In principle, collateralized debt is a good thing for the sector, in that it frees up capacity on the originator’s books and stimulates investment. However, lending on the assumption that markets can only ever go up is not good business, and, if the originators then write CDOs on the back of these, the resulting creation can be a tremendously toxic asset, if its risk/return characteristics and vulnerabilities are not fully understood. It seems clear that once the dust has settled, securitization will not be abandoned by the market entirely, even if it, in future, follows a different path. For the originator, it is a very useful tool to have available and there are sound, prudent ways of dealing with the objection that securitization creates moral hazard by moving risk away from the originator.
The rethinking of Basel II is likely to mean that regulators will demand that banks hold more and better quality capital, particularly in good times, although they will only be asked to increase their capital ratios slowly, as the world works its way through the recession. The overall framework is likely to remain largely unchanged, but the treatment of particular product types and risk classes will change, particularly so far as the trading book is concerned, into which too many positions were placed that did not, in the event, have sufficient liquidity to be treated in this way.
The Shape of Regulation to Come
What the industry has today is some visibility on the direction of the elements of change in the Basel II framework. Charges for market risk will increase. Additional capital will be set aside as the world economy recovers. There will be much more rigorous stress testing of the elements that go to make up capital adequacy. And liquidity guidelines will be seen as an essential complement to the capital regime. The FSA, for example, has issued liquidity guidelines that it wants to see implemented by early 2010. These are major proposals and have the potential to have impact on governance models, business models, and bank business activities. There is some cloudiness because these proposals and their implications are still being worked through, but it is clear that the industry agrees that liquidity merits more detailed regulation, although there remains much debate about the specific details of the regulation.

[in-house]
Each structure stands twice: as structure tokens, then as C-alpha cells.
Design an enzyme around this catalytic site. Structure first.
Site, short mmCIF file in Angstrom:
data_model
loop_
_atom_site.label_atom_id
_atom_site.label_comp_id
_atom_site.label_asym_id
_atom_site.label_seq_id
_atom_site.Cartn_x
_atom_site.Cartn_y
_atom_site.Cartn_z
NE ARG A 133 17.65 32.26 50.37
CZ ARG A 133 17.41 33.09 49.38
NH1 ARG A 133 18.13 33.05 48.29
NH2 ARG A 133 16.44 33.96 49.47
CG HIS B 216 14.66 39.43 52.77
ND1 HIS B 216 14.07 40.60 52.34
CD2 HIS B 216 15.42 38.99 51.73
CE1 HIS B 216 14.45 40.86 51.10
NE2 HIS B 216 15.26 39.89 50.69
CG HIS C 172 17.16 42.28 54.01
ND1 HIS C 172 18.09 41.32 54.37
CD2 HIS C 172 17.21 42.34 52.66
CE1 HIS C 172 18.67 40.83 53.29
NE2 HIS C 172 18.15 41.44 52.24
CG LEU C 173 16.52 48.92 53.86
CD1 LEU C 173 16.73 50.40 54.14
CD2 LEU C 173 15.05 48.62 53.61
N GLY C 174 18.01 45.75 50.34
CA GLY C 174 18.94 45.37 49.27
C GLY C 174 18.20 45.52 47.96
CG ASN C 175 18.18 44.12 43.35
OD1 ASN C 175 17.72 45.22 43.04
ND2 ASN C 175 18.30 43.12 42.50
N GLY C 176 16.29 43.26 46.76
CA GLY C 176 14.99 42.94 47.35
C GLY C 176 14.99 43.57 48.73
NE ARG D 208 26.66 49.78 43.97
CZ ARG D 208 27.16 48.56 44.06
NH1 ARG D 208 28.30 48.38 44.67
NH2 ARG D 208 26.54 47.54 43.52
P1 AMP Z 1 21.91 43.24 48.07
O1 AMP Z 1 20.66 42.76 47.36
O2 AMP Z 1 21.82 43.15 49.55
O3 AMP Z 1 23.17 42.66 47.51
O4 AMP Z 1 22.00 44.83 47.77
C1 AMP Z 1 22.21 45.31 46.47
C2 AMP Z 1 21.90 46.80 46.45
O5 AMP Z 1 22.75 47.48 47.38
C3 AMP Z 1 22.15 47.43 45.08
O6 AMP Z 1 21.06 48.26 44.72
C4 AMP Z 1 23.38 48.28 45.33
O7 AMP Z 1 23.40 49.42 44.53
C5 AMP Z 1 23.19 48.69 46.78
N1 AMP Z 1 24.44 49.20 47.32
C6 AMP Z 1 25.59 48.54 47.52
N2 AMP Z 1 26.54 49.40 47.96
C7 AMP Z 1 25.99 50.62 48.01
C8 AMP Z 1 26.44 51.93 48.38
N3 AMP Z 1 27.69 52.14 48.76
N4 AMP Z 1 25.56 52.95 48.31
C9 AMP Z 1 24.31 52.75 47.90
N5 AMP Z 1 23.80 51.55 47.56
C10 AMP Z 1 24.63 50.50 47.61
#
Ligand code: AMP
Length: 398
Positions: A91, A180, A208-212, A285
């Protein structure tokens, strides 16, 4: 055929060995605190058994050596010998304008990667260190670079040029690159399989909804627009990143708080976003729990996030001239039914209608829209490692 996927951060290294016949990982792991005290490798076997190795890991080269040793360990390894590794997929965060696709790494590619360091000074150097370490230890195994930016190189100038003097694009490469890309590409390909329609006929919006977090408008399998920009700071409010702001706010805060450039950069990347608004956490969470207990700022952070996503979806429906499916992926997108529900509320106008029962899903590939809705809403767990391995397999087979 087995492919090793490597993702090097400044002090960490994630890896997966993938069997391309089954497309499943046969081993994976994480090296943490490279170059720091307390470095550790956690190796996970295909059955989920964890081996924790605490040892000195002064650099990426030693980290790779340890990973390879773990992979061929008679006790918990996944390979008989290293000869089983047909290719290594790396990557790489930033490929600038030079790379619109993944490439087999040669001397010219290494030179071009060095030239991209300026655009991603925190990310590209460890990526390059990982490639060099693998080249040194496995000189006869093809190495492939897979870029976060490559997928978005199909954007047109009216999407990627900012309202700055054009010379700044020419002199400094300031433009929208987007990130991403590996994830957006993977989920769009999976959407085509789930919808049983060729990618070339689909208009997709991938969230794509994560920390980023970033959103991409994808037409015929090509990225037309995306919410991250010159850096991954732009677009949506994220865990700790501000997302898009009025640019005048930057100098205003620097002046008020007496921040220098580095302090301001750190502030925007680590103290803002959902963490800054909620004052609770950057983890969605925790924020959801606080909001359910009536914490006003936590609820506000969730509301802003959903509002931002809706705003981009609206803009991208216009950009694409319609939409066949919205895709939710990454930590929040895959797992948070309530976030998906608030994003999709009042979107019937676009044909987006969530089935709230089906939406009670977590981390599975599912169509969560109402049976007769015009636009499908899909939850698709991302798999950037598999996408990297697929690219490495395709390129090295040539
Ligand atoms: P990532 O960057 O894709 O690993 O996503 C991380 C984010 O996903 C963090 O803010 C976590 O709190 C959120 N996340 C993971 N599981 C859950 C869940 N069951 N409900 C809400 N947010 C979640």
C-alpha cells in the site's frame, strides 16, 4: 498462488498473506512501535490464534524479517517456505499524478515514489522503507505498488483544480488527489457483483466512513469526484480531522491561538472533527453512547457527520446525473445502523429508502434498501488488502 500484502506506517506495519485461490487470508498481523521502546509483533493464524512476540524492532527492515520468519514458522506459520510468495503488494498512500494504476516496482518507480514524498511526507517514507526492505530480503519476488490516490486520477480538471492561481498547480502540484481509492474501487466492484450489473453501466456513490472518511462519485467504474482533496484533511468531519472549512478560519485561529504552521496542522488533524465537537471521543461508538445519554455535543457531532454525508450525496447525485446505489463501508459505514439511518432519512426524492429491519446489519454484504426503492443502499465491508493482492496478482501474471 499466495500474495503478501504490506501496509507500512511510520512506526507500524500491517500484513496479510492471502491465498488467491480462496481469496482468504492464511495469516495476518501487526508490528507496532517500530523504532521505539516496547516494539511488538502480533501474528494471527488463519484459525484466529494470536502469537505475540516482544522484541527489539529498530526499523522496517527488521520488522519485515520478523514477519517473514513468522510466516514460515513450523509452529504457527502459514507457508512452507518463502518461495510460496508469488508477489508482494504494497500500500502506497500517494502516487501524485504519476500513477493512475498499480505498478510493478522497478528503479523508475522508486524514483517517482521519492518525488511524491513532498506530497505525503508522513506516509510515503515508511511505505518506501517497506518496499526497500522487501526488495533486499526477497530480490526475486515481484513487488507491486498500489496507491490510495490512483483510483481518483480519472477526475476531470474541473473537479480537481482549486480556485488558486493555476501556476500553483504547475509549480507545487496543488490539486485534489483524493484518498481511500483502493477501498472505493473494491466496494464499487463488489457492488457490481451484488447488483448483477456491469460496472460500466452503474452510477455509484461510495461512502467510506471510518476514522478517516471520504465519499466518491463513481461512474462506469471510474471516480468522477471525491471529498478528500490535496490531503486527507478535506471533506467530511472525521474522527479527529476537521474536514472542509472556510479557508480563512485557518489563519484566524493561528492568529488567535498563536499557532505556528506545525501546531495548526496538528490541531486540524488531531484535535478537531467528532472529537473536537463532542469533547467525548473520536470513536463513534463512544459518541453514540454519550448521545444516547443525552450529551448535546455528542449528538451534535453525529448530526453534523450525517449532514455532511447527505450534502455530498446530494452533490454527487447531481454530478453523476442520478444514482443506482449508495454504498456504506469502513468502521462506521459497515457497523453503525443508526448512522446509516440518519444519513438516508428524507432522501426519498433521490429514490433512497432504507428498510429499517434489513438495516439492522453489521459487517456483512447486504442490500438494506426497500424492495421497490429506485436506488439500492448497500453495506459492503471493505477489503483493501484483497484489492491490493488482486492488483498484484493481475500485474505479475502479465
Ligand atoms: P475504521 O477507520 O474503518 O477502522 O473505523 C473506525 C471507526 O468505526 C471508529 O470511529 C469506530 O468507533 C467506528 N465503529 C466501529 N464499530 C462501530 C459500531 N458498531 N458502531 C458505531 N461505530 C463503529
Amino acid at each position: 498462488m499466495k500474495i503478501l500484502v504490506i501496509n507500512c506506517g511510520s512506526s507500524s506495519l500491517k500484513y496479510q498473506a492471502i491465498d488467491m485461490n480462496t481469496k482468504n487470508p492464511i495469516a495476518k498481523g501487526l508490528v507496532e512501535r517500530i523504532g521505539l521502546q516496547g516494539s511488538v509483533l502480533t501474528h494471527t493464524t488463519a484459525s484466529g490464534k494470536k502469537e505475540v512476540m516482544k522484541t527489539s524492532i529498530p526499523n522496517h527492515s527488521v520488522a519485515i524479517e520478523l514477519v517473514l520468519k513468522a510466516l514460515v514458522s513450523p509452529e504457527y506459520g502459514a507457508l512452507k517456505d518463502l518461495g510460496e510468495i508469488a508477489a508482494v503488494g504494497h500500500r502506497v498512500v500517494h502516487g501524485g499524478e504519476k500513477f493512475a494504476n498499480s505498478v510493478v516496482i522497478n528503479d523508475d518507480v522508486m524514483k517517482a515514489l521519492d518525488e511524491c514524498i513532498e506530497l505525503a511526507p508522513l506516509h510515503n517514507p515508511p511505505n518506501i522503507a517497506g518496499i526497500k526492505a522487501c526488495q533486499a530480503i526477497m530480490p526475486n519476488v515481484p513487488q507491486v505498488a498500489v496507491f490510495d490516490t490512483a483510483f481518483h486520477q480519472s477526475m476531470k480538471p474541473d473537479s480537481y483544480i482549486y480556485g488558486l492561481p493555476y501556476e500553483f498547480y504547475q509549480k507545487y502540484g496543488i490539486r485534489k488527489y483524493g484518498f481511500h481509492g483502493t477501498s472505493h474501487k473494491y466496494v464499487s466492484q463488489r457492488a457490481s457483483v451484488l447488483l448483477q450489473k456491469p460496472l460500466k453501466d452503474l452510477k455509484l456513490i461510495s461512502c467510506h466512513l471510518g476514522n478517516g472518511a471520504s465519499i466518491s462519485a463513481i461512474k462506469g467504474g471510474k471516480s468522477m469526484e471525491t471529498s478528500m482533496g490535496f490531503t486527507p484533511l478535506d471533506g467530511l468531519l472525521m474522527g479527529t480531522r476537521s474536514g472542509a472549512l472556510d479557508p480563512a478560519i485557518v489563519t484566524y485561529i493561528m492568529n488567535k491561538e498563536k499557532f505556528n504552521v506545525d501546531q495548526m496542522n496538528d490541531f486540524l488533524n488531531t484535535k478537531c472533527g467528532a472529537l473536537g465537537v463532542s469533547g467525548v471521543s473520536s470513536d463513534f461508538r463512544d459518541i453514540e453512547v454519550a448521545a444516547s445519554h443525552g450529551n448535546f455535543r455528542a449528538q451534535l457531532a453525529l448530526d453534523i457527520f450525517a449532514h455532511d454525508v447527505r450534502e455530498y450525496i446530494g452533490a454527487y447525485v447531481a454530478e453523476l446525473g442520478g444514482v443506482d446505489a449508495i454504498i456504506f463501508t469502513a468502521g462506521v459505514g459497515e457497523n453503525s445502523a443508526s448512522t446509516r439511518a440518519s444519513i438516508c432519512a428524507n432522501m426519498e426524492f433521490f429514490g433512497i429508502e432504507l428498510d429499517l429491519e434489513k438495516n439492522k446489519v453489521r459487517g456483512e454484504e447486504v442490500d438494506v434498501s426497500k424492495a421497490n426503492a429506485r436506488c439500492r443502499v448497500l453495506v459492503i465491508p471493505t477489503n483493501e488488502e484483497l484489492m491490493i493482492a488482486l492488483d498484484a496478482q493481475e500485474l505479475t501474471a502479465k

It is also clear that banks are going to need to revisit some essential components of their strategy and business models. The changes being proposed may well result in pressure for more restricted business models than we have seen for banks, and for operating models that offer less incentive for risk-taking. It must be said that these models are not really geared to encouraging more lending, which is what governments want, at least in the short term.